Two Kinds By Amy Tan Essay

640 words - 3 pages

Not My Dream In the story "Two Kinds" by Amy Tan, we are shown the struggles of a young girl Jing-Mei. Her struggle is that of a young girl growing up and trying to find her own sense of identity. Her troubles are compounded by her mother, who convinces her that she can become someone important. Because of her mother's constant overbearing behavior, Jing-Mei does everything she can to annoy and displease her mother even to the point of being a failure. This fight to find her own identity against her mother's wishes shows how parents cannot control their child's life; they can only point them in the right direction and let them make their own choices.In the onset of the story we find Jing-Mei's mother convincing her ...view middle of the document...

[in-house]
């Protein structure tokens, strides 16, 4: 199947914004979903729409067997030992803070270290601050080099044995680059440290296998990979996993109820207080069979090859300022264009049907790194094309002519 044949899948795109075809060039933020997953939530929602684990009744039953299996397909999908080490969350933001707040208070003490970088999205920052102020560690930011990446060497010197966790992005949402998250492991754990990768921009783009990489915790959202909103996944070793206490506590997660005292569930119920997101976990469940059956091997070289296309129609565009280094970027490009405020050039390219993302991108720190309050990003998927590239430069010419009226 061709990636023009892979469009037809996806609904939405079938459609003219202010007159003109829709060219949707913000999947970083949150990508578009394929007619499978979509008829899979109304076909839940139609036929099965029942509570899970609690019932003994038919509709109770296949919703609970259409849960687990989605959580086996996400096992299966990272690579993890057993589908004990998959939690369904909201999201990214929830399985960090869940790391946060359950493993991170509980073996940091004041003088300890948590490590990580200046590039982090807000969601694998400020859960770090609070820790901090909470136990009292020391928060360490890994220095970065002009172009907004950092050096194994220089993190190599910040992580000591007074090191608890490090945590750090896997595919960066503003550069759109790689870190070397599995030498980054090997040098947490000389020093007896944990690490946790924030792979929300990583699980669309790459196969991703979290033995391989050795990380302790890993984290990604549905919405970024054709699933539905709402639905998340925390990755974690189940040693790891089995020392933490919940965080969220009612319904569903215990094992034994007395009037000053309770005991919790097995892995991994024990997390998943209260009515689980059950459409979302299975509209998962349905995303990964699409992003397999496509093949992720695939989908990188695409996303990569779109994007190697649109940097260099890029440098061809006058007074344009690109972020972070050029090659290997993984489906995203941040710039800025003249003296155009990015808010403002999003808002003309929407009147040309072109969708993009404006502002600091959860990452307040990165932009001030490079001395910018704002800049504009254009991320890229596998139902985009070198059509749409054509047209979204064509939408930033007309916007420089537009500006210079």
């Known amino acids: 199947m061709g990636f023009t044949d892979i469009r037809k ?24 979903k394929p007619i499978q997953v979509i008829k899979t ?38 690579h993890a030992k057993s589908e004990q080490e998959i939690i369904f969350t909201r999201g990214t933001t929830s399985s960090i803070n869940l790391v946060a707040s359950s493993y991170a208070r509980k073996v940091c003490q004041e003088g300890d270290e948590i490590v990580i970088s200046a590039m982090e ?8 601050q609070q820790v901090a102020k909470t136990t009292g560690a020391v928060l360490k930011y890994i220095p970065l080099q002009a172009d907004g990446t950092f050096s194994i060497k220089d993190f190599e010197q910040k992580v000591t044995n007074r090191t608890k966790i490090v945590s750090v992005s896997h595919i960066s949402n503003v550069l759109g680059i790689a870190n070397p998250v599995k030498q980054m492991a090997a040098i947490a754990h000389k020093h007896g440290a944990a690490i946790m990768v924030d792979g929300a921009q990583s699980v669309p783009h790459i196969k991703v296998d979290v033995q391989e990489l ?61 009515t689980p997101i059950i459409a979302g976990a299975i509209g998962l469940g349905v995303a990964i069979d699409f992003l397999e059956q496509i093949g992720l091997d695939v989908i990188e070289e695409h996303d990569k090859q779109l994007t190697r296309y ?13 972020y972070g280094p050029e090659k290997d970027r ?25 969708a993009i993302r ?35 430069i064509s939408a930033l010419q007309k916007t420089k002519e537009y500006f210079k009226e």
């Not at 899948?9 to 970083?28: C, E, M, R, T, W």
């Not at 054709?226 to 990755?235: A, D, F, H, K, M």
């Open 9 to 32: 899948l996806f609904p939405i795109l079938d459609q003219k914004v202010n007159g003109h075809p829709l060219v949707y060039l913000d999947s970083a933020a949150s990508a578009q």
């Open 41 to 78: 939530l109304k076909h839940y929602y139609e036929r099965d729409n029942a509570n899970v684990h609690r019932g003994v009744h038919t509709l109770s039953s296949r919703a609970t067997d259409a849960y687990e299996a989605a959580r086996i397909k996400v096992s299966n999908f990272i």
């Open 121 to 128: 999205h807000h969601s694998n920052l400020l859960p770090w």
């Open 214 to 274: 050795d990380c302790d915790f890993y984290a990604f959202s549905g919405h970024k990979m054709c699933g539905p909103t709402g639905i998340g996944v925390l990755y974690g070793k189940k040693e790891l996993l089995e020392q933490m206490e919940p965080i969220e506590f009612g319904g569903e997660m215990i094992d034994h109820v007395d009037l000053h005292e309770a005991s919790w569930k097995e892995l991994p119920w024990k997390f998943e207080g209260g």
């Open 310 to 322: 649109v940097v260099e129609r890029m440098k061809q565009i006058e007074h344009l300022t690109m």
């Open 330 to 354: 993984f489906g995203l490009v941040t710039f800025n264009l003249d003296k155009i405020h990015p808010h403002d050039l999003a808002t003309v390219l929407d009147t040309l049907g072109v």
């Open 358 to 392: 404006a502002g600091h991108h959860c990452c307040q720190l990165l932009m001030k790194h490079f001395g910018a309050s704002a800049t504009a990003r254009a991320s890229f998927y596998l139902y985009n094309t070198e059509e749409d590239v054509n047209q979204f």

But as time goes on and the tests her mother gives her gets harder, Jing-Mei begins to be resentful and unwilling to cooperate. She thinks to herself, "I won't be what I'm not." (492) This shows a child resisting it's parents control.Even as Jing-Mei loses interest in becoming a prodigy, her mother continues to push her on. She decides to arrange piano lessons for Jing-Mei without consulting her first. In doing these things, Jing-Mei's mother wants to control not only her actions but also her dreams, and she will not tolerate disobedience. She says, "Only one kind of daughter can live in this house. Obedient daughter!" (497) We can see that Jing-Mei truly resents her mother's decisions and fights her control. Jing-Mei tells her mother that, "I wish I weren't your daughter. I wish you weren't my mother". (497) Then she says, "I wish I were dead! Like them." (497) These strong words used by Jing-Mei illustrate how far she will go to break the grip her mother has on her. She challenges her mother's authority and continues to disappoint her mother. She fails many times through her life. She doesn't get A's and she drops out of college. She did these things on her own "each time asserting my will, my right to fall short of expectations." (497) The two pieces by Schumann parallels that of Jing-Mei's life. Like a "Pleading Child" she fought her mother's control and aspirations for her. She pleaded with her mother to let her live her own dream. When she is older, she is "Perfectly Contented" because she did follow her own dream. This story displays how parents can never really control their children. A child has their own mind to develop, their own hopes and dreams. Jing-Mei shows us that she can only be herself.

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